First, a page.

Food may be accidentally or deliberately contaminated by microbiological, chemical or physical hazards. In contrast to microbiologically caused foodborne illness, the link between exposure and effect of chemical hazards in foods is usually complicated by cumulative low doses and the delay between exposure and the onset of symptoms. Chemical hazards include environmental contaminants, food ingredients (such as iodine), heavy metals, mycotoxins, natural toxins, improper storage, processing contaminants, and veterinary medicines. Incidents have occurred because of poor harvesting or storage of grain, use of banned veterinary products, industrial discharges, human error and deliberate adulteration and fraud.[1]

Definition of an incident

An "incident" of chemical food contamination may be defined as an episodic occurrence of adverse health effects in humans (or animals that might be consumed by humans) following high exposure to particular chemicals, or instances where episodically high concentrations of chemical hazards were detected in the food chain and traced back to a particular event.[1]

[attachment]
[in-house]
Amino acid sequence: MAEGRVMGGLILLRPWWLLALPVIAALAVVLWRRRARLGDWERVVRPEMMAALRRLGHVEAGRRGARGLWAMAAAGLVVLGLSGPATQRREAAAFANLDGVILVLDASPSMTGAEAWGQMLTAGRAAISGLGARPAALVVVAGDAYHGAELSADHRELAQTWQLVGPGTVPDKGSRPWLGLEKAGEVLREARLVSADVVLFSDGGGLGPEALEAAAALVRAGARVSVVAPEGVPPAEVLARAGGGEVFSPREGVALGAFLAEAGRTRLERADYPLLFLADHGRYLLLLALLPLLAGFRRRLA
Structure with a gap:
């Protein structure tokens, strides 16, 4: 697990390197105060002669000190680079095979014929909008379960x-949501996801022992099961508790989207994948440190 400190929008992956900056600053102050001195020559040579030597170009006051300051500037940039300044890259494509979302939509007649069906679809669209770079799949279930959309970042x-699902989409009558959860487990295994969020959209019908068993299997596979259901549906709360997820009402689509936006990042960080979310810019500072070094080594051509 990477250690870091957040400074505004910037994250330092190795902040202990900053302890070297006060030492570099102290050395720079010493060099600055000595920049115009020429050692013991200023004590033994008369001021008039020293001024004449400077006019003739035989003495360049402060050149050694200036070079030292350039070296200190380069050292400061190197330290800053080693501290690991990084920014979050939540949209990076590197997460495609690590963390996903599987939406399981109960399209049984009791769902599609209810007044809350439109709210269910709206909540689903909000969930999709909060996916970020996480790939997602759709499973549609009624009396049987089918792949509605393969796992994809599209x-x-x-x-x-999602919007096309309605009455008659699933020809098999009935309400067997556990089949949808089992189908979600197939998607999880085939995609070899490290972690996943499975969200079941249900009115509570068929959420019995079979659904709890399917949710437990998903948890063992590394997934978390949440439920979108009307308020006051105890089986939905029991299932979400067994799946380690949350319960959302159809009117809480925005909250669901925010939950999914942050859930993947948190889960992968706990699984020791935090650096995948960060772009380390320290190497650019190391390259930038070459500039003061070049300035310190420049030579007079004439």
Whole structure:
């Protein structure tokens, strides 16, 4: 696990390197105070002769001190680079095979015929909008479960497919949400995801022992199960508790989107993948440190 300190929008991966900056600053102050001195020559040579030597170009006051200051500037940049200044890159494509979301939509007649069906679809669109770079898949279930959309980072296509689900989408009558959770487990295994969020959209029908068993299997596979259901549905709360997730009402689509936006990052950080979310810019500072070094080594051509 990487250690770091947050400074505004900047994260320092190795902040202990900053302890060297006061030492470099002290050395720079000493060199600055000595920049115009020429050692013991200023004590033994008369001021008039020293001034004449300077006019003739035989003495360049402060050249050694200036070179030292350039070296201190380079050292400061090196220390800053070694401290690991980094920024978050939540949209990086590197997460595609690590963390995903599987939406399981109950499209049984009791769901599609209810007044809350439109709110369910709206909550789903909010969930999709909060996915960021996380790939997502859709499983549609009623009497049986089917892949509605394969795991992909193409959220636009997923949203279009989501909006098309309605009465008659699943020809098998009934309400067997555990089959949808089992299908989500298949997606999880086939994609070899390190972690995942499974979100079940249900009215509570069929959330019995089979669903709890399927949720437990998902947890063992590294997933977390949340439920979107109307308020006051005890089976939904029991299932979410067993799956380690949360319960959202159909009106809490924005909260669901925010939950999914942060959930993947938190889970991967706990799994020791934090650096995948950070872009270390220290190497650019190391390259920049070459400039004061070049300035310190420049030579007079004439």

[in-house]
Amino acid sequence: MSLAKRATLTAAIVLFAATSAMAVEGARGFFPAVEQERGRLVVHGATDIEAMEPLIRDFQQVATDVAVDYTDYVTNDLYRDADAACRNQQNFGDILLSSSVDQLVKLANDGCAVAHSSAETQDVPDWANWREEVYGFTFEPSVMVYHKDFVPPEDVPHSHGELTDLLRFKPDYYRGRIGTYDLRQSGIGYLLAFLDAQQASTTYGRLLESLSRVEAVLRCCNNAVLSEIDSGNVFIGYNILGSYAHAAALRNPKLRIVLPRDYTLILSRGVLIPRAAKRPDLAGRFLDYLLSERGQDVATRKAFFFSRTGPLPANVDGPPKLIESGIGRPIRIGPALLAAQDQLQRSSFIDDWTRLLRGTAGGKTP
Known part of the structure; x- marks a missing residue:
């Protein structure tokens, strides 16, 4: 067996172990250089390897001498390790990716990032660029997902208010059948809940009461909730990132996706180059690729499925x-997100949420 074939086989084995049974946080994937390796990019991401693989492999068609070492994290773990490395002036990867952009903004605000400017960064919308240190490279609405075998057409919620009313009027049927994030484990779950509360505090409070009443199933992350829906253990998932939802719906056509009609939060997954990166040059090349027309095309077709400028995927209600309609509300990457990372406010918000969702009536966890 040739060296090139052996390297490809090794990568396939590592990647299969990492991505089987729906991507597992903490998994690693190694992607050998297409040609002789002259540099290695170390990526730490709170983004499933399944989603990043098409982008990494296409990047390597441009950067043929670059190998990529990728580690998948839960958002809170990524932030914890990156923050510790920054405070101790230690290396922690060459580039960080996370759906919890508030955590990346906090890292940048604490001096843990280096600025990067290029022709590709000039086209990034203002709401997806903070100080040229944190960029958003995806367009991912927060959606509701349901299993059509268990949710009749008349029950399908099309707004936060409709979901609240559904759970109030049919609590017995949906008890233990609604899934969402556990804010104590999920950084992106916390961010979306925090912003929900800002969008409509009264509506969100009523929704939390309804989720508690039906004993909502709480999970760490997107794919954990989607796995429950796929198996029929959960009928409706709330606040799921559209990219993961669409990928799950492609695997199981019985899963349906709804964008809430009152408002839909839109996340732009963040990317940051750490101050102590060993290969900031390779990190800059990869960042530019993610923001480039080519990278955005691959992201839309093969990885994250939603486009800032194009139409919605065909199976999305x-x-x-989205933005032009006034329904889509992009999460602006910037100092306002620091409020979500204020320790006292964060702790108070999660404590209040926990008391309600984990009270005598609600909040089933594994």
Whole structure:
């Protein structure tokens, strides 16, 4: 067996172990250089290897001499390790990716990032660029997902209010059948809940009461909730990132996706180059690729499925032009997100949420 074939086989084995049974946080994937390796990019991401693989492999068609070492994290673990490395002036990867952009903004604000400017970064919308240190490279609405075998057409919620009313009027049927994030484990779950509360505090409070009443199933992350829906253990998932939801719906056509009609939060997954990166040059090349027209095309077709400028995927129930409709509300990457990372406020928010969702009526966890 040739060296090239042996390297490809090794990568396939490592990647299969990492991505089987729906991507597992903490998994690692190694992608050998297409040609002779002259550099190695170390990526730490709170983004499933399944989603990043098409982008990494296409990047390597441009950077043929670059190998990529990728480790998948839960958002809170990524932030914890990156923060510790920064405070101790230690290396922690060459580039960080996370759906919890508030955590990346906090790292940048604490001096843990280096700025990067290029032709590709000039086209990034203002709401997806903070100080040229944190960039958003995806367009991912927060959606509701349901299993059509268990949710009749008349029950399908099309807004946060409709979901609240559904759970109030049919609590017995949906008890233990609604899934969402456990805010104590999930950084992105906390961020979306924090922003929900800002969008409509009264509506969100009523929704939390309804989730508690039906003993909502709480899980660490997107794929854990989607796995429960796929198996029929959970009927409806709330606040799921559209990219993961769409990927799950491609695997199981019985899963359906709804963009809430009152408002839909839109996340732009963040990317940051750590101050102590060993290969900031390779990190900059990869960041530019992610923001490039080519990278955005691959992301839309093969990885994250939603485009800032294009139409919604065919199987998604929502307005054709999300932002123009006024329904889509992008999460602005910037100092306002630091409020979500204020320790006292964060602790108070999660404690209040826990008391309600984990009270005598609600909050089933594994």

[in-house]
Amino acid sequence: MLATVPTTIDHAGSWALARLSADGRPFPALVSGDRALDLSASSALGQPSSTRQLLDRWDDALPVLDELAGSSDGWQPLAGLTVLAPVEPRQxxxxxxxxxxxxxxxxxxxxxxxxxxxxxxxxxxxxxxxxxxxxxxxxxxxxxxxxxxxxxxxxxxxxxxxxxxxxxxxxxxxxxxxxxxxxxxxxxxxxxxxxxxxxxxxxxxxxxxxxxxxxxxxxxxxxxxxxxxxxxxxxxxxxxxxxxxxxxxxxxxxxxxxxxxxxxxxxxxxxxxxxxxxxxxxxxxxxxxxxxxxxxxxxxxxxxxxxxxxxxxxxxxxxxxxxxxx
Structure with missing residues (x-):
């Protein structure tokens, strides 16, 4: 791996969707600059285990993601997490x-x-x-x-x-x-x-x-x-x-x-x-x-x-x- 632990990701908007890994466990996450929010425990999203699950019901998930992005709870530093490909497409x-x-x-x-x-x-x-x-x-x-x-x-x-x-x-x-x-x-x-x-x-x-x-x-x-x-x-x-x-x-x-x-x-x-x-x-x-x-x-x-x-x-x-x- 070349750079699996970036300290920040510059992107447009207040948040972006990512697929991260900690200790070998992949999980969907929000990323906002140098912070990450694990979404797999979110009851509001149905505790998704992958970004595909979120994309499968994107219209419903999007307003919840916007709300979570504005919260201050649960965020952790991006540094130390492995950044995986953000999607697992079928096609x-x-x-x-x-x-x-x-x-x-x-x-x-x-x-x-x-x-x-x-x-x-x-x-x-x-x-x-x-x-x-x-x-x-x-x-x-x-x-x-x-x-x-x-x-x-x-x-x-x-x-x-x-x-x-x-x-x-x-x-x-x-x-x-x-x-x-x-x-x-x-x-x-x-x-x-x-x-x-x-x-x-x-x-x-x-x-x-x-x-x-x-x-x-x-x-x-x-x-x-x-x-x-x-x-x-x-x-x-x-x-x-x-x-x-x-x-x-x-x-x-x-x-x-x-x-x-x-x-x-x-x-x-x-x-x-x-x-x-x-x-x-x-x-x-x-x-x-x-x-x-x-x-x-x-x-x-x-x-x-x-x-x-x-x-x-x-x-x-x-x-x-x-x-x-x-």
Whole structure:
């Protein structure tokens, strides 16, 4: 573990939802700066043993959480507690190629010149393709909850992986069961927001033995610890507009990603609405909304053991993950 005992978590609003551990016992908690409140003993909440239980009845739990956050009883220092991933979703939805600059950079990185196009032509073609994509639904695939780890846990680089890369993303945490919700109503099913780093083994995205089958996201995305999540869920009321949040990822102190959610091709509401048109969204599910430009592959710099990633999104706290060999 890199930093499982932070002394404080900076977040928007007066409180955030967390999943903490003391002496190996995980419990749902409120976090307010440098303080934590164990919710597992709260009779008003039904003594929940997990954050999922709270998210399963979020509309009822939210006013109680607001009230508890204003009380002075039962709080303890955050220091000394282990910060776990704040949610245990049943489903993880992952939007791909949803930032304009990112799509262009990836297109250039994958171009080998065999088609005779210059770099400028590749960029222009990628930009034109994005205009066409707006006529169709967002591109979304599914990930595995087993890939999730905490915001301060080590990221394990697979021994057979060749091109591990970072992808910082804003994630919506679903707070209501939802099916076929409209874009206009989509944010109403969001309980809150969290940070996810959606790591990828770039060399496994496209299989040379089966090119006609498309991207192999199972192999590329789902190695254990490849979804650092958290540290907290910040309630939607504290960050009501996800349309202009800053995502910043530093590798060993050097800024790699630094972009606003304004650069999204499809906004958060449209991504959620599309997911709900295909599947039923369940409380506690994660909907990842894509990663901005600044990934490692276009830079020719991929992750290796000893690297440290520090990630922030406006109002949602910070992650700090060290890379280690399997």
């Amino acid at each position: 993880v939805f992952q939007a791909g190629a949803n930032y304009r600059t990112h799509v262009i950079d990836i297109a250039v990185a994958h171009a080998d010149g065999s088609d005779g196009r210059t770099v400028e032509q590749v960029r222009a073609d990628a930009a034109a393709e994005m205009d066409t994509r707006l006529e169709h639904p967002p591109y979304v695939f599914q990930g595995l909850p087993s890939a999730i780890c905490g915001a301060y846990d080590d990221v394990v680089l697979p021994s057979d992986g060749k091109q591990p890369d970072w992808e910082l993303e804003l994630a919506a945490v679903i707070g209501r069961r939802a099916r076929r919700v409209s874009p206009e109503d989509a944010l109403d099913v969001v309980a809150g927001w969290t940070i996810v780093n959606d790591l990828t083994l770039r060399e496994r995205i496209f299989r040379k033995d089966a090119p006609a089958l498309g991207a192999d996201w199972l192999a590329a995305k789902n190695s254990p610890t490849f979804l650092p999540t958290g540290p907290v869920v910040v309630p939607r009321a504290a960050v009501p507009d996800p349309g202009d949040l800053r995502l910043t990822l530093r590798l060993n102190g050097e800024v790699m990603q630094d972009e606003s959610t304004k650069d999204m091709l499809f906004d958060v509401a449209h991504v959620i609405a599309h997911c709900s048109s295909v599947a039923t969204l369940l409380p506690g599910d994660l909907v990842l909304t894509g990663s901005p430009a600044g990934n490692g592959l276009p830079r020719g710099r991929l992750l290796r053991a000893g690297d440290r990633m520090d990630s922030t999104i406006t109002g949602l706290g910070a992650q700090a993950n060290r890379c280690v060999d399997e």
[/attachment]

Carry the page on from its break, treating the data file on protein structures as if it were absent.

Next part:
Socio-economic impacts

Information on the impacts of these incidents is fragmentary and unsystematic, ranging from thousands of dollars to meet the cost of monitoring analysis, to many millions of dollars due to court prosecutions, bankruptcy, product disposal, compensation for revenue loss, damage to brand or reputation, or loss of life.[1]

List of notable incidents

Ancient times

Middle Ages

19th century

1900 to 1949

1950 to 2000

2001 to 2010

2011 to present


In 2013, Professor Chris Elliott, Professor of Food Safety and Director of the Institute for Global Food Security at Queen's University Belfast, was asked by the UK's Secretaries of State for Defra and Health to undertake a review of the weaknesses within UK food supply networks and to suggest measures which might be taken to address these issues. After an interim report was published in December 2013, his final report was published in July 2014, recommending that the UK adopt a National Food Crime Prevention Framework.

His 8 recommendations, or "eight pillars of food integrity", provided for:

  1. maintaining customer confidence in food as a chief priority
  2. a "zero tolerance" approach to food fraud or food crime
  3. a focus on intelligence gathering
  4. the role of laboratory services
  5. the value of audit and assurance regimes
  6. targeted government support for the integrity and assurance of food supply networks
  7. leadership, and
  8. crisis management in response to any serious food safety or food crime incident.[111]

See also


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